News reports last week revealed that some of New Zealand’s meat undergoes a process called ‘gas flushing’, in which carbon dioxide and oxygen is pumped into meat packaging to significantly lengthen the meat’s shelf-life. But what does that actually mean and what do consumers need to know?
Meats which have undergone the process, also called Modified Atmosphere Packaging (MAP), are not currently labelled as such, and the practise is used only by some of New Zealand’s food retailers.
The SMC approached local experts for comment on the practise, and its effects on the quality, nutrition and safety of meat.
Associate Professor Jonathan Hickford, President of the New Zealand Institute of Agricultural and Horticultural Science at Lincoln University, comments:
“This would be an issue if we actually could define the “value” of “fresh meat”.
“Everyone wants meat (and in fact anything else in the supermarket) to be safe and in that respect we are reliant on the NZFSA to set and monitor industry requirements. They are required by Australasian law to do their job well. It appears that the safety of the gassed meat is beyond reproach. In this context, bacterial safety is probably of most concern – but that is the purpose of these gassing techniques – they are designed to limit bacterial spoilage, while enhancing meat quality.
“Gassing per se is not unique in that meat preservation technologies have existed for thousands of years, from things as simple as drying and salting, through curing and canning to gassing and use of other preservatives. Just because something is old doesn’t mean it is undesirable or less valuable. Perhaps one of the best examples being Parma ham, where the pig meat is essentially salt cured (uncooked) and then dried for 18 months or more. It retails for $400-600 for a leg, or about $75 per kilogram. Age isn’t an issue and there is apparently little relationship between age and quality in the broader meat market.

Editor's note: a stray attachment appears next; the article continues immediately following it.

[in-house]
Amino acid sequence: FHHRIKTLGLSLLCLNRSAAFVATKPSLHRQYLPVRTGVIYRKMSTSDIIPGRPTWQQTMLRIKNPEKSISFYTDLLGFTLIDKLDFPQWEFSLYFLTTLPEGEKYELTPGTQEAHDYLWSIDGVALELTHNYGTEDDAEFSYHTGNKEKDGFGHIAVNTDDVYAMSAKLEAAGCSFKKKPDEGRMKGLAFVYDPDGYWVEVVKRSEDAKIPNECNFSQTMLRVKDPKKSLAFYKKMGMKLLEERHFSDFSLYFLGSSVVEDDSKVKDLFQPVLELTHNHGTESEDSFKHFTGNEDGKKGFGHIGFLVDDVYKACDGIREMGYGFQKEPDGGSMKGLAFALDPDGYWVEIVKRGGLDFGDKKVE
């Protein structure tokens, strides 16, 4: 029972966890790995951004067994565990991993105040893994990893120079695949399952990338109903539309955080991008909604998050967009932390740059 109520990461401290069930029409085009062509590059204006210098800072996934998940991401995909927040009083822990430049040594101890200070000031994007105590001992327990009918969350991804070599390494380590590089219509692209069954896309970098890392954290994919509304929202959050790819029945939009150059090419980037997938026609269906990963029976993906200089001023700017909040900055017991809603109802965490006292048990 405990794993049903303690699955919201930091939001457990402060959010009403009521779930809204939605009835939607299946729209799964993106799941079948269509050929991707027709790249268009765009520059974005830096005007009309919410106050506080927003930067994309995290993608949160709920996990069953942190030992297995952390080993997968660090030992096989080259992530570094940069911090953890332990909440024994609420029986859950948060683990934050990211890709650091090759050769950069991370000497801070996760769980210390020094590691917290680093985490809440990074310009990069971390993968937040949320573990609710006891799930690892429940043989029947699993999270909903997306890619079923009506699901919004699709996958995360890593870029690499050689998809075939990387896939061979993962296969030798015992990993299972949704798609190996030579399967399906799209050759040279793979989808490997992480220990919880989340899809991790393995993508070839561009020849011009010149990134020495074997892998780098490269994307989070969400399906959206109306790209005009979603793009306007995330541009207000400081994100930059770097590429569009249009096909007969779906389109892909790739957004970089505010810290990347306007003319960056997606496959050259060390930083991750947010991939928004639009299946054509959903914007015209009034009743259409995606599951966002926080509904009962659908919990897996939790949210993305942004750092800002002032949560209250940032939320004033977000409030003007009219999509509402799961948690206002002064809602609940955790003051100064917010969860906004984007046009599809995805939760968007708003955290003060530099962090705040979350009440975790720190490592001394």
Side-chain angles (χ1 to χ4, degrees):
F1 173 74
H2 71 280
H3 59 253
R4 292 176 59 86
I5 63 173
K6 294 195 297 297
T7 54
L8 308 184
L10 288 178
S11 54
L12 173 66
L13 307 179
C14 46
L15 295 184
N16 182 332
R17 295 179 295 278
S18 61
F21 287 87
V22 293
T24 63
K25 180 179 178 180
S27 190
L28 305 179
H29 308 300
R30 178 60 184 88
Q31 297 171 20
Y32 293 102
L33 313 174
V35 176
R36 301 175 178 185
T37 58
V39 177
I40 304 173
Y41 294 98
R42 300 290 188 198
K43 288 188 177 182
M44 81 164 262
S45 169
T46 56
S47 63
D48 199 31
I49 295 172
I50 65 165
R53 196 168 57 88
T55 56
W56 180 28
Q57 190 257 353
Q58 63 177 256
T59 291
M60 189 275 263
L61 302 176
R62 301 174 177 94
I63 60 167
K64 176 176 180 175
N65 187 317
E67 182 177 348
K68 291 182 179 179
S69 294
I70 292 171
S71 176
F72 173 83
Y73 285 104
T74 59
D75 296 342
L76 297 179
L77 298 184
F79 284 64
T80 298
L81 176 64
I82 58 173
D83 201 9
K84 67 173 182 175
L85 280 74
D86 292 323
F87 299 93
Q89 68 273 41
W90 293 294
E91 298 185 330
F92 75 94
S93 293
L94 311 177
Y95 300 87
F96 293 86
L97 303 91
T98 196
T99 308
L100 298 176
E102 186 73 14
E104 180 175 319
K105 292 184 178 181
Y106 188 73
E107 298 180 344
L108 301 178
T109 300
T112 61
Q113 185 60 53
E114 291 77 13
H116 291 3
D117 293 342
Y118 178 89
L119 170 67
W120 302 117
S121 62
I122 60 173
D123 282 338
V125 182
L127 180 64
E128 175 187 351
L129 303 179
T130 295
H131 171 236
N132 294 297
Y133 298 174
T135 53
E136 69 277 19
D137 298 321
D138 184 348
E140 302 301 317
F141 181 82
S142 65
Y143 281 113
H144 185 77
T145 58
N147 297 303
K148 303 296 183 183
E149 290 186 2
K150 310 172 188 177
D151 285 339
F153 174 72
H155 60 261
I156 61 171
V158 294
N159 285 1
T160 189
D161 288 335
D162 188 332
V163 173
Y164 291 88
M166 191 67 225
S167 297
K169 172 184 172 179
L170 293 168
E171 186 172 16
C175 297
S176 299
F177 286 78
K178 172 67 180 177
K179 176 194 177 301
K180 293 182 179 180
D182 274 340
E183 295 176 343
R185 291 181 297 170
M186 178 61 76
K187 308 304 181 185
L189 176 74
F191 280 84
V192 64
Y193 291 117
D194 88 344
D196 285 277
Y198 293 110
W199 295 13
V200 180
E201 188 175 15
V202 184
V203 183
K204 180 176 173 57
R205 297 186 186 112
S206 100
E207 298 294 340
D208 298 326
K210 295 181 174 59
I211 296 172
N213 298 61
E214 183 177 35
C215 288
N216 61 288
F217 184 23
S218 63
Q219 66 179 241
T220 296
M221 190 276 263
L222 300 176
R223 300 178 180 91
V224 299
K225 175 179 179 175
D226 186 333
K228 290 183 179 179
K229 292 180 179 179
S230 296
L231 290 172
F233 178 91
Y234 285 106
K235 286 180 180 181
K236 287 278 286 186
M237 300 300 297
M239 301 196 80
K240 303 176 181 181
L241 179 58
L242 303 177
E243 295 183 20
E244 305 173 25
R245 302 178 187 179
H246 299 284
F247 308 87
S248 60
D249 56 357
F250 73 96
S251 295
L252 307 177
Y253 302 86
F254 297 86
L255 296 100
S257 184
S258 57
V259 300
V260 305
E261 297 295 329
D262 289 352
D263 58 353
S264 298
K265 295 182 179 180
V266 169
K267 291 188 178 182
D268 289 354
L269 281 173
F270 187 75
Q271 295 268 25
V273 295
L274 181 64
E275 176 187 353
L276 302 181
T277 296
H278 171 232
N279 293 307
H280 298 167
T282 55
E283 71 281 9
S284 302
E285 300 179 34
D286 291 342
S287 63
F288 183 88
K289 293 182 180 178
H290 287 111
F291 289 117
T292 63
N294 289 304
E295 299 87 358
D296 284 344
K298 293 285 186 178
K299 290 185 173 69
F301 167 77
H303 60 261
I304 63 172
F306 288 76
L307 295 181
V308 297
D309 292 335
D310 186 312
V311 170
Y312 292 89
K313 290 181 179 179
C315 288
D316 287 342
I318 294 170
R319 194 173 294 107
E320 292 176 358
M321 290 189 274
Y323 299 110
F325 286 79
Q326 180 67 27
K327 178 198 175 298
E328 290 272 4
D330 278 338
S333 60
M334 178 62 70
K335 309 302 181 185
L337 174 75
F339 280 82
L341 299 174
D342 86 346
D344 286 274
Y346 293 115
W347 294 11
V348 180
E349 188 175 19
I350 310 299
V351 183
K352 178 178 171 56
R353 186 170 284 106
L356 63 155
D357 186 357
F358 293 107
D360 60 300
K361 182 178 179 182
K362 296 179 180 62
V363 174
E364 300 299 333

“On the positive, the prolonged storage of gassed meat may assist the meat tenderisation process. Export chilled (not frozen) meat products “condition” in cool storage as they are transported by ship to overseas markets. They command the market premium in those markets.
“On the negative, consumers need to always be aware of the risk associated with the consumption of high levels of saturated fat, as is typically the case with any meat.
“This all stated – Sue Kedgley is undoubtedly correct. The consumer always has a right to know and in this respect all food suppliers need to be able to describe and prove the safety and quality of their supply mechanisms. This isn’t just meat specific and the same is true of any food or beverage. Whether this information can be effectively “put on a label” is another issue and one that is grappled with all the time in the food sector.”